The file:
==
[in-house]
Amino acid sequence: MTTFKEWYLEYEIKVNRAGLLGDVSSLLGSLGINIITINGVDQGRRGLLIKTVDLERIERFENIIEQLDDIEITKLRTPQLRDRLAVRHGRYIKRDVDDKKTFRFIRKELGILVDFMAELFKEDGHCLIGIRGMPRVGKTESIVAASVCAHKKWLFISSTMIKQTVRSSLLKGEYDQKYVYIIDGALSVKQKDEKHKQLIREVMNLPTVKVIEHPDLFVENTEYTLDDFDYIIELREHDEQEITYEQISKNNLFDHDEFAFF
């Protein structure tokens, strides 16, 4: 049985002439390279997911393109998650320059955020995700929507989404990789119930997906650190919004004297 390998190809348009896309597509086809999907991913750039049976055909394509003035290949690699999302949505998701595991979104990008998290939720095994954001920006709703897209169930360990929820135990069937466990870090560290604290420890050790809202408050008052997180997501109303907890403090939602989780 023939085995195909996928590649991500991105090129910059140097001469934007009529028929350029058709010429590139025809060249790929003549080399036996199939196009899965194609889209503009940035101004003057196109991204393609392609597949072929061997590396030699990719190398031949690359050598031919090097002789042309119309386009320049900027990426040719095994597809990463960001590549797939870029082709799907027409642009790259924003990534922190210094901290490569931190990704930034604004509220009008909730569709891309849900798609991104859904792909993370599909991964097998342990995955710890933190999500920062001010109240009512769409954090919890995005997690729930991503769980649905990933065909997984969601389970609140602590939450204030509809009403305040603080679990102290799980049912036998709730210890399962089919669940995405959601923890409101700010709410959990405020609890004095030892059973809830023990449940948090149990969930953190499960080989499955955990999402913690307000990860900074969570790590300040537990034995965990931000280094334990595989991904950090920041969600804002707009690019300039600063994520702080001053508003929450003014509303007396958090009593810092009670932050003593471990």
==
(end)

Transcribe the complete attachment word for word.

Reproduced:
[in-house]
Amino acid sequence: MTTFKEWYLEYEIKVNRAGLLGDVSSLLGSLGINIITINGVDQGRRGLLIKTVDLERIERFENIIEQLDDIEITKLRTPQLRDRLAVRHGRYIKRDVDDKKTFRFIRKELGILVDFMAELFKEDGHCLIGIRGMPRVGKTESIVAASVCAHKKWLFISSTMIKQTVRSSLLKGEYDQKYVYIIDGALSVKQKDEKHKQLIREVMNLPTVKVIEHPDLFVENTEYTLDDFDYIIELREHDEQEITYEQISKNNLFDHDEFAFF
């Protein structure tokens, strides 16, 4: 049985002439390279997911393109998650320059955020995700929507989404990789119930997906650190919004004297 390998190809348009896309597509086809999907991913750039049976055909394509003035290949690699999302949505998701595991979104990008998290939720095994954001920006709703897209169930360990929820135990069937466990870090560290604290420890050790809202408050008052997180997501109303907890403090939602989780 023939085995195909996928590649991500991105090129910059140097001469934007009529028929350029058709010429590139025809060249790929003549080399036996199939196009899965194609889209503009940035101004003057196109991204393609392609597949072929061997590396030699990719190398031949690359050598031919090097002789042309119309386009320049900027990426040719095994597809990463960001590549797939870029082709799907027409642009790259924003990534922190210094901290490569931190990704930034604004509220009008909730569709891309849900798609991104859904792909993370599909991964097998342990995955710890933190999500920062001010109240009512769409954090919890995005997690729930991503769980649905990933065909997984969601389970609140602590939450204030509809009403305040603080679990102290799980049912036998709730210890399962089919669940995405959601923890409101700010709410959990405020609890004095030892059973809830023990449940948090149990969930953190499960080989499955955990999402913690307000990860900074969570790590300040537990034995965990931000280094334990595989991904950090920041969600804002707009690019300039600063994520702080001053508003929450003014509303007396958090009593810092009670932050003593471990």